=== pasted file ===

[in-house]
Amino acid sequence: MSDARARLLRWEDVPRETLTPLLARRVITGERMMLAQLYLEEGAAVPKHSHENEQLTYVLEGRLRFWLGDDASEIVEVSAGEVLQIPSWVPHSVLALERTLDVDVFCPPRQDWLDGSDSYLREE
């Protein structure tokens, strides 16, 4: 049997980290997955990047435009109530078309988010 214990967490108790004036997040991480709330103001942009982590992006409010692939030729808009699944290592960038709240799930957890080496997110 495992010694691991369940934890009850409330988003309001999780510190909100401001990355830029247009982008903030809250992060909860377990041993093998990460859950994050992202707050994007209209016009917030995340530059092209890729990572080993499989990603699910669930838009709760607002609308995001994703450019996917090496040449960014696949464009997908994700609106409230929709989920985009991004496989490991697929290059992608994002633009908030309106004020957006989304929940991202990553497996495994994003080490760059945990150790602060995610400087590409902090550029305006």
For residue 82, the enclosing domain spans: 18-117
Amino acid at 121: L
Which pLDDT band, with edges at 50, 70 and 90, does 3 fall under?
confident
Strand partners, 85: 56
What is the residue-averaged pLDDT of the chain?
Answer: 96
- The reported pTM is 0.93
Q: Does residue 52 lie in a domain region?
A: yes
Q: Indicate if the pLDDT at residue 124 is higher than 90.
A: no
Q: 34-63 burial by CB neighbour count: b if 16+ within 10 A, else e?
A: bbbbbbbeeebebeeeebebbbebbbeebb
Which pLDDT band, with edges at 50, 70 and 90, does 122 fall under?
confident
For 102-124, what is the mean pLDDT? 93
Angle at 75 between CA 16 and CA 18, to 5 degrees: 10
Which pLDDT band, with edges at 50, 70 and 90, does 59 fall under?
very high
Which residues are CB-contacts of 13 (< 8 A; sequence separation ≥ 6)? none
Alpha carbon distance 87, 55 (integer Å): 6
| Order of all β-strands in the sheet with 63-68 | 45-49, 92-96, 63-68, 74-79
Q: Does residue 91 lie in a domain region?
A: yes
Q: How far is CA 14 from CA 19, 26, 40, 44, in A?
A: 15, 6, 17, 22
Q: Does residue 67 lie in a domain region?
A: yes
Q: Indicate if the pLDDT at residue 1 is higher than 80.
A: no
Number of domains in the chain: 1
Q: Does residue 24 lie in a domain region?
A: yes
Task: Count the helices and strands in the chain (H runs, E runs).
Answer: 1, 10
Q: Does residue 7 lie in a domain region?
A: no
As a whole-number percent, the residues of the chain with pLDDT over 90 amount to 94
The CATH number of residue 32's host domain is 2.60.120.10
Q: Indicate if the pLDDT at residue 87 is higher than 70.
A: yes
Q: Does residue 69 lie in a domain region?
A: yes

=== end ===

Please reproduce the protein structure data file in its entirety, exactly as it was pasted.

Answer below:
[in-house]
Amino acid sequence: MSDARARLLRWEDVPRETLTPLLARRVITGERMMLAQLYLEEGAAVPKHSHENEQLTYVLEGRLRFWLGDDASEIVEVSAGEVLQIPSWVPHSVLALERTLDVDVFCPPRQDWLDGSDSYLREE
């Protein structure tokens, strides 16, 4: 049997980290997955990047435009109530078309988010 214990967490108790004036997040991480709330103001942009982590992006409010692939030729808009699944290592960038709240799930957890080496997110 495992010694691991369940934890009850409330988003309001999780510190909100401001990355830029247009982008903030809250992060909860377990041993093998990460859950994050992202707050994007209209016009917030995340530059092209890729990572080993499989990603699910669930838009709760607002609308995001994703450019996917090496040449960014696949464009997908994700609106409230929709989920985009991004496989490991697929290059992608994002633009908030309106004020957006989304929940991202990553497996495994994003080490760059945990150790602060995610400087590409902090550029305006």
For residue 82, the enclosing domain spans: 18-117
Amino acid at 121: L
Which pLDDT band, with edges at 50, 70 and 90, does 3 fall under?
confident
Strand partners, 85: 56
What is the residue-averaged pLDDT of the chain?
Answer: 96
- The reported pTM is 0.93
Q: Does residue 52 lie in a domain region?
A: yes
Q: Indicate if the pLDDT at residue 124 is higher than 90.
A: no
Q: 34-63 burial by CB neighbour count: b if 16+ within 10 A, else e?
A: bbbbbbbeeebebeeeebebbbebbbeebb
Which pLDDT band, with edges at 50, 70 and 90, does 122 fall under?
confident
For 102-124, what is the mean pLDDT? 93
Angle at 75 between CA 16 and CA 18, to 5 degrees: 10
Which pLDDT band, with edges at 50, 70 and 90, does 59 fall under?
very high
Which residues are CB-contacts of 13 (< 8 A; sequence separation ≥ 6)? none
Alpha carbon distance 87, 55 (integer Å): 6
| Order of all β-strands in the sheet with 63-68 | 45-49, 92-96, 63-68, 74-79
Q: Does residue 91 lie in a domain region?
A: yes
Q: How far is CA 14 from CA 19, 26, 40, 44, in A?
A: 15, 6, 17, 22
Q: Does residue 67 lie in a domain region?
A: yes
Q: Indicate if the pLDDT at residue 1 is higher than 80.
A: no
Number of domains in the chain: 1
Q: Does residue 24 lie in a domain region?
A: yes
Task: Count the helices and strands in the chain (H runs, E runs).
Answer: 1, 10
Q: Does residue 7 lie in a domain region?
A: no
As a whole-number percent, the residues of the chain with pLDDT over 90 amount to 94
The CATH number of residue 32's host domain is 2.60.120.10
Q: Indicate if the pLDDT at residue 87 is higher than 70.
A: yes
Q: Does residue 69 lie in a domain region?
A: yes